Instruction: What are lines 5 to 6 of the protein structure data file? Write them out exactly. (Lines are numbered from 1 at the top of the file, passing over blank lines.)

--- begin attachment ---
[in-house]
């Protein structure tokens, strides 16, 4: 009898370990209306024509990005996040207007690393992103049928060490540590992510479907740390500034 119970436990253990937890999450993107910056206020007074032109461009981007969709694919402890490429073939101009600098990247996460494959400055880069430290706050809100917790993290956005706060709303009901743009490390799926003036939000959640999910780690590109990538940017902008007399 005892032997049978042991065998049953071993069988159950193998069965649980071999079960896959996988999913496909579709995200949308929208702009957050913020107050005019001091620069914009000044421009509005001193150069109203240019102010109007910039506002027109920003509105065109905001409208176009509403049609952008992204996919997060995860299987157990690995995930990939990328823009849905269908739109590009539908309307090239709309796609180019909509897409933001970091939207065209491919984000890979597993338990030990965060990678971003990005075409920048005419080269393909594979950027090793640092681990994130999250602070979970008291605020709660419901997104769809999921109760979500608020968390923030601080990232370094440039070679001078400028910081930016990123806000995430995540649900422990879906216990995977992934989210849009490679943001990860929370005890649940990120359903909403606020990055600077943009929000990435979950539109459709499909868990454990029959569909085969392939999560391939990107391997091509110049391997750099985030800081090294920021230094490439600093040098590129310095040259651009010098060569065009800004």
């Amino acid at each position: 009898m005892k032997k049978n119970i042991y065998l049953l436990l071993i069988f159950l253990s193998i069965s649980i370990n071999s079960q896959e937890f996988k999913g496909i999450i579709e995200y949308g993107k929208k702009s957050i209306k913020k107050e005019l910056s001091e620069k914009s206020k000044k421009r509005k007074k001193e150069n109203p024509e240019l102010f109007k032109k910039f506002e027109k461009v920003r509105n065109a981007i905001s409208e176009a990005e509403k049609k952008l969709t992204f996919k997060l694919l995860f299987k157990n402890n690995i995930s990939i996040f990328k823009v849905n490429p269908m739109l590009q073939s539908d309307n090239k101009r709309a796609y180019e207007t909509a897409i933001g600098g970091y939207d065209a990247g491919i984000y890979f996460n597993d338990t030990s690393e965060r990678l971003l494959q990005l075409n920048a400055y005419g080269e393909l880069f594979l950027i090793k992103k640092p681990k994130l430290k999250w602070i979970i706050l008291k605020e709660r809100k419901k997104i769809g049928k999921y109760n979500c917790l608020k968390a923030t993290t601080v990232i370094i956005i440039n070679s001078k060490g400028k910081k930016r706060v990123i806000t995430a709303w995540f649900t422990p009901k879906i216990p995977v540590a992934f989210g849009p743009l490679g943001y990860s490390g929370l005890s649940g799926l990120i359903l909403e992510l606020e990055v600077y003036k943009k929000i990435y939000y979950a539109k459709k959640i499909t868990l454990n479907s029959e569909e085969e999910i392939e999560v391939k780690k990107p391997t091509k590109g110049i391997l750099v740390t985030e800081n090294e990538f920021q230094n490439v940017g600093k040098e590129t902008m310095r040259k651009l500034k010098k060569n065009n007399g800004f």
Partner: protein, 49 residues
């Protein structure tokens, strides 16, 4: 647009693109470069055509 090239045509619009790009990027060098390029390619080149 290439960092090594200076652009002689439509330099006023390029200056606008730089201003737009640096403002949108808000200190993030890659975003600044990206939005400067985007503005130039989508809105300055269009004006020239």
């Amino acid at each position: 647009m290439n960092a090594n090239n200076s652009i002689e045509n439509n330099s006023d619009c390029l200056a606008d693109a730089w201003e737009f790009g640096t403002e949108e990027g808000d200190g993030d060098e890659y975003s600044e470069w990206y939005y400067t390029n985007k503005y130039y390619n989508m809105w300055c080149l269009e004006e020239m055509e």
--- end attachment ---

């Protein structure tokens, strides 16, 4: 647009693109470069055509 090239045509619009790009990027060098390029390619080149 290439960092090594200076652009002689439509330099006023390029200056606008730089201003737009640096403002949108808000200190993030890659975003600044990206939005400067985007503005130039989508809105300055269009004006020239």
């Amino acid at each position: 647009m290439n960092a090594n090239n200076s652009i002689e045509n439509n330099s006023d619009c390029l200056a606008d693109a730089w201003e737009f790009g640096t403002e949108e990027g808000d200190g993030d060098e890659y975003s600044e470069w990206y939005y400067t390029n985007k503005y130039y390619n989508m809105w300055c080149l269009e004006e020239m055509e």